Those tallies indicate that at least 26 people have been killed. The Penal Forum human rights group says that 369 people have been detained since Monday.

"The international community is watching more closely than ever before, so Venezuelan security forces - and those commanding them - should know they will be held to account for any abuses," Jose Miguel Vivanco, the Americas director for Human Rights Watch, wrote on Twitter.

U.S. and Venezuelan diplomats are finding themselves caught in the crosshairs of the political melee. On Wednesday, Maduro gave U.S. diplomats 72 hours to leave the country. Hours later, Guaido contradicted that order and urged all embassy workers to stay. Washington said it would defy Maduro by keeping the embassy open but ordered all non-essential staff to leave.

On Friday morning, a caravan of black SUVs escorted a contingent of U.S. embassy workers and their families to the Caracas airport. They were later seen checking into an American Airlines flight, some traveling with babies and guarded by security personnel.

Maduro, meanwhile, has recalled all Venezuelan diplomats from the U.S., and ordered the nation's embassy and consulates there closed. Guaido, once again seeking to sidestep Maduro, has urged all Venezuelan consulate workers to stay in their U.S. posts.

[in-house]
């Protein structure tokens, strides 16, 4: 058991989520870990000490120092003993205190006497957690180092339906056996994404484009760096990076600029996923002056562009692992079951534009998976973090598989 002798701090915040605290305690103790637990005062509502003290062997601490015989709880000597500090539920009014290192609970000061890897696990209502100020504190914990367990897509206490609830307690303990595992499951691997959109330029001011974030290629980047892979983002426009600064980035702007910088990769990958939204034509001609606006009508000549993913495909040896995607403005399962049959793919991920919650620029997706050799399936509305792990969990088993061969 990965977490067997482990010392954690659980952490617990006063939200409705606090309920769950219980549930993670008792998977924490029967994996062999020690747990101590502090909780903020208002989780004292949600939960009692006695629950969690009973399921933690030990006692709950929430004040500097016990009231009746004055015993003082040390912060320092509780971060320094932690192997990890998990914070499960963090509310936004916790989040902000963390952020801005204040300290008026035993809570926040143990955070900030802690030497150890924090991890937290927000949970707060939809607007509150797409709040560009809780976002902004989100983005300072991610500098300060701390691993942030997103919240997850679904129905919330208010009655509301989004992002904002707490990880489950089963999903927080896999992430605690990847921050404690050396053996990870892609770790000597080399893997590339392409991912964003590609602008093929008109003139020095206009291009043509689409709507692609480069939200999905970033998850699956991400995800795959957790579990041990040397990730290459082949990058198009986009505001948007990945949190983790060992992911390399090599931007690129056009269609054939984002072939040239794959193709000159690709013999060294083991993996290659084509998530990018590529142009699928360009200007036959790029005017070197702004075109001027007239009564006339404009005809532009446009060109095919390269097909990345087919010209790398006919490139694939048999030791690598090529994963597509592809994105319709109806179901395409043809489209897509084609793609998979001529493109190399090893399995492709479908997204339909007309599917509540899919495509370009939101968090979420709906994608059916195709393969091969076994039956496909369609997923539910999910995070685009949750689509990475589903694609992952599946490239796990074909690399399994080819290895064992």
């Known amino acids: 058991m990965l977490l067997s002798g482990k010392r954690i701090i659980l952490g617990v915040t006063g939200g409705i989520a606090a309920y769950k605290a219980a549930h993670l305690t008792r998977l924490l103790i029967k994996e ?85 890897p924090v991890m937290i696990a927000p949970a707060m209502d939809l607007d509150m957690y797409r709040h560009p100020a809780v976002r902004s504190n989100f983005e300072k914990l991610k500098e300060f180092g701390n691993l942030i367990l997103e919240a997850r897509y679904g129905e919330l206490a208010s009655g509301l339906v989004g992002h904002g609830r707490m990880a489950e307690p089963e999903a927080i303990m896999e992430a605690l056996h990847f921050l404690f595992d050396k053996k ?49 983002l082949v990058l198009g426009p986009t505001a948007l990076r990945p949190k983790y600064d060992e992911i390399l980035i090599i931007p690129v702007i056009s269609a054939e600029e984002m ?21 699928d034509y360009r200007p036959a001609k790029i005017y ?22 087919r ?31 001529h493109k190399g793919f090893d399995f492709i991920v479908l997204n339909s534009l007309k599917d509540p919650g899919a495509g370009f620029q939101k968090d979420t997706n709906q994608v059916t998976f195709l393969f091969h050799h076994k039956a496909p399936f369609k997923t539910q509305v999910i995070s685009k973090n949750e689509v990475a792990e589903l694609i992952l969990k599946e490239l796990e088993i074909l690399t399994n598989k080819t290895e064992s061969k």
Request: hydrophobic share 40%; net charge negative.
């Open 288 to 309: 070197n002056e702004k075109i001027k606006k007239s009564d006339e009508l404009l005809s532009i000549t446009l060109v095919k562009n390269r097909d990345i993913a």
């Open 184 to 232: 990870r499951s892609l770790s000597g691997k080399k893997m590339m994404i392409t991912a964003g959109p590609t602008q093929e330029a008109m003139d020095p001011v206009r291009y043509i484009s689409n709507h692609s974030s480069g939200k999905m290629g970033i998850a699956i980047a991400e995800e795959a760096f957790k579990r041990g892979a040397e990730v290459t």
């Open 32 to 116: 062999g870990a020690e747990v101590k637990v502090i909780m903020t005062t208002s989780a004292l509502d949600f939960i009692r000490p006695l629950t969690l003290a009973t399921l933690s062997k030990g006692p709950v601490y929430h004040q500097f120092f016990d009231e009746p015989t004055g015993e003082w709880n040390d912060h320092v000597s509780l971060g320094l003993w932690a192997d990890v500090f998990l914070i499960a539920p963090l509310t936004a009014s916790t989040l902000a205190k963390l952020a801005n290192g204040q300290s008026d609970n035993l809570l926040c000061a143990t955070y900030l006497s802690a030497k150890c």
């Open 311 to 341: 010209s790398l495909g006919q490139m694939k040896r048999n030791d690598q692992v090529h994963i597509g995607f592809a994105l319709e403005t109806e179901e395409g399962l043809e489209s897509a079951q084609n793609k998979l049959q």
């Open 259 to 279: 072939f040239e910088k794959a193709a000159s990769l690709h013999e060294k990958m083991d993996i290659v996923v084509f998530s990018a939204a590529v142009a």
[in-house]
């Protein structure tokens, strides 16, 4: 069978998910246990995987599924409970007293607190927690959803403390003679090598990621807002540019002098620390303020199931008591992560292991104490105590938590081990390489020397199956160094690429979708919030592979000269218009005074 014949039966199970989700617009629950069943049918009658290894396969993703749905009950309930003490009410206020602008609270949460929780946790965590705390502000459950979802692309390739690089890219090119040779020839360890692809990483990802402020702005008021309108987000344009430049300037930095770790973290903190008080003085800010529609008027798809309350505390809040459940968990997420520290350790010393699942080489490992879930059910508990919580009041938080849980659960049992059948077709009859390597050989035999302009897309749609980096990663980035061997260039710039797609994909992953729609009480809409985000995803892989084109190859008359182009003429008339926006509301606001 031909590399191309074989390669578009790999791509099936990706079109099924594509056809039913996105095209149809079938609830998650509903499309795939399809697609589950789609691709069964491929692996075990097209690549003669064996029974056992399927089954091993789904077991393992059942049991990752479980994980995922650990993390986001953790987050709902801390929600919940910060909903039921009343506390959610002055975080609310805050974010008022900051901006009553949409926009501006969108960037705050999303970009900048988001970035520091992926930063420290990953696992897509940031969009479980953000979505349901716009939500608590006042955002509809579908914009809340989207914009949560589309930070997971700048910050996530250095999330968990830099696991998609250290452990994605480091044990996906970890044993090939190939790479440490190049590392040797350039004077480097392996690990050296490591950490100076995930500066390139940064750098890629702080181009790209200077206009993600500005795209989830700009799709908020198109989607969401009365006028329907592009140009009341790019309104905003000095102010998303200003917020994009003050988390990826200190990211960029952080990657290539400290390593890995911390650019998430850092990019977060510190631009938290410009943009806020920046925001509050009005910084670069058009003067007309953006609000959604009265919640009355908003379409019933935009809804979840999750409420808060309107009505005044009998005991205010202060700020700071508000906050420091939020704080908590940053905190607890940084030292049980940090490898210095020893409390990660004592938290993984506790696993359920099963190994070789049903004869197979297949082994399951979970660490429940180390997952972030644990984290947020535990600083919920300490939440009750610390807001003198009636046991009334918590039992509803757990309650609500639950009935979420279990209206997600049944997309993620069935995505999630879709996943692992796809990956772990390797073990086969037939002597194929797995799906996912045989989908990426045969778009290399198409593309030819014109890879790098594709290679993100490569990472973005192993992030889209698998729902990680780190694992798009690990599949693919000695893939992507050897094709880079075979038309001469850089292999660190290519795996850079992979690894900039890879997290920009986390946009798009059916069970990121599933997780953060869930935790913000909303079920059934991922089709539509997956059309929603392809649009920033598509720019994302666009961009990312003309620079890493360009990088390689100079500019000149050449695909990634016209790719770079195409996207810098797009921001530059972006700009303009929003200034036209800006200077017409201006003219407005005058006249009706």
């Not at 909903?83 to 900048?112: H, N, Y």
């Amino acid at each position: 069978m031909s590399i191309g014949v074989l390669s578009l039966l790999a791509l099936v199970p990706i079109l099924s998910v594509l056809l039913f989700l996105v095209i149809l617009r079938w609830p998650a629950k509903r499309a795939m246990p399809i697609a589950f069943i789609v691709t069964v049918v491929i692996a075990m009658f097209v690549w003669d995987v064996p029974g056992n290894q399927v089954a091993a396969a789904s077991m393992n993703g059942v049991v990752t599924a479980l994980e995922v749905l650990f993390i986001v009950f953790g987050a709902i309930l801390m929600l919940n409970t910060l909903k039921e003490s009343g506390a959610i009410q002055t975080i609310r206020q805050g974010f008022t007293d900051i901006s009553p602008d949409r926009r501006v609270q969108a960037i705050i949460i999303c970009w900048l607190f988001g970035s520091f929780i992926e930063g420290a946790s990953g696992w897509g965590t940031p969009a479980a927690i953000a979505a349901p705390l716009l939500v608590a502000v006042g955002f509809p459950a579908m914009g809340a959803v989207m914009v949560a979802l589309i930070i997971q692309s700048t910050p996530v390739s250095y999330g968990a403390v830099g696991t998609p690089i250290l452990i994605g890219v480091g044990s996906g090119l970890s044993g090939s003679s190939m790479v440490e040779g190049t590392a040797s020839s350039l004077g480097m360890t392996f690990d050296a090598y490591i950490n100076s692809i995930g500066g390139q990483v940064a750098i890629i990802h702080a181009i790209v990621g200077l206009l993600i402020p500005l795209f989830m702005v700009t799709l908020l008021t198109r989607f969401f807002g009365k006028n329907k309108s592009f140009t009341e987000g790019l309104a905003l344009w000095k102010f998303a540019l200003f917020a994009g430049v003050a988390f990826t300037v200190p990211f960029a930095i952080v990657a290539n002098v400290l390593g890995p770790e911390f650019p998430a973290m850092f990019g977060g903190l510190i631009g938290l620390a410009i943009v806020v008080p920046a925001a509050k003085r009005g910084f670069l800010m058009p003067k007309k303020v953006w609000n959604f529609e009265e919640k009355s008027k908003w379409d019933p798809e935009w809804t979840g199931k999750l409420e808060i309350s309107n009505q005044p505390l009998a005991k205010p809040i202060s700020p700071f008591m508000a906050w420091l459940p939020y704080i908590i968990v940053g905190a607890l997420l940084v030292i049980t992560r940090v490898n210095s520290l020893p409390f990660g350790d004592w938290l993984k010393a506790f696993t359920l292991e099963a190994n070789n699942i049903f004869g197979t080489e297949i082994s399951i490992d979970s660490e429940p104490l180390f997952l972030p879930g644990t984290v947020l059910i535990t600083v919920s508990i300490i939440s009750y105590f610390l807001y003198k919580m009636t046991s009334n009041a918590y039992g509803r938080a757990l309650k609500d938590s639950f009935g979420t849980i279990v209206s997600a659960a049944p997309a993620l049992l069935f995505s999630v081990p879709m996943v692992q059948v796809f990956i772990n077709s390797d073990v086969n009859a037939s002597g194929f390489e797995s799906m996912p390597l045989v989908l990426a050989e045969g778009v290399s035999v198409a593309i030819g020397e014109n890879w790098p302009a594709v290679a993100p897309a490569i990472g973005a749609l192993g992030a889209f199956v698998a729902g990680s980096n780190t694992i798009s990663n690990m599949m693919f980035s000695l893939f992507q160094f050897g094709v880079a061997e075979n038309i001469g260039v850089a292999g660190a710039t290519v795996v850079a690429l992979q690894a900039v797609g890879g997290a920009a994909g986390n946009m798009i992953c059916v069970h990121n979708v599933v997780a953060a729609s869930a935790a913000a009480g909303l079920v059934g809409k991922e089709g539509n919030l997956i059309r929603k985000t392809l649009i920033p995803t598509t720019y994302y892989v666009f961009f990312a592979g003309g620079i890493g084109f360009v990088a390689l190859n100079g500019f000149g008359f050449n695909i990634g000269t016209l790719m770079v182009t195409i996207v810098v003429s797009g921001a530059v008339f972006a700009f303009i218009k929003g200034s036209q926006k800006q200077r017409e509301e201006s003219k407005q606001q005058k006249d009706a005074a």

Standing before a podium with the Venezuelan coat of arms, Guaido said Friday that he would release the text of proposed amnesty for military leaders this weekend and asked Venezuelans to share it with any officers they know. He also said he would press forward with ensuring the arrival of humanitarian aid promised by the United States.

The military is the traditional arbiter of political disputes in Venezuela and the armed forces' top brass has pledged its loyalty to Maduro, though security experts note that many within the lower-ranks are disgruntled over low wages diminished by hyperinflation.

Still, most consider it a long shot for Guaido to win the military's support.

"Stand on the side of the people," he urged the armed forces.

Maduro has not shown any hint he's ready to cede power, setting up a potentially explosive struggle with international ramifications. He called Guaido on Friday "an agent for the gringos in Venezuela," using a sometimes derogatory term for Americans. But he also said that he would be willing to talk with U.S. President Donald Trump and the opposition.

"I'm not anti-American," he said. "I'm anti-imperialist."

Guaido, in his remarks, also said he'd be willing to talk with any and all parties, but only if they are willing to move forward in restoring democracy. He didn't elaborate on what conditions might be necessary to embark on a fresh round of dialogue.

Followers in the crowd didn't react enthusiastically to the idea of more dialogue, but they did cheer and applaud when he said that the opposition would hold another big protest next week.

"There will be people on the street," Guaido clamored, "until we get freedom."

Christine Armario reported from Bogota, Colombia. Associated Press writers Manuel Rueda, Fabiola Sanchez and Joshua Goodman Caracas contributed.

Copyright AP - Associated Press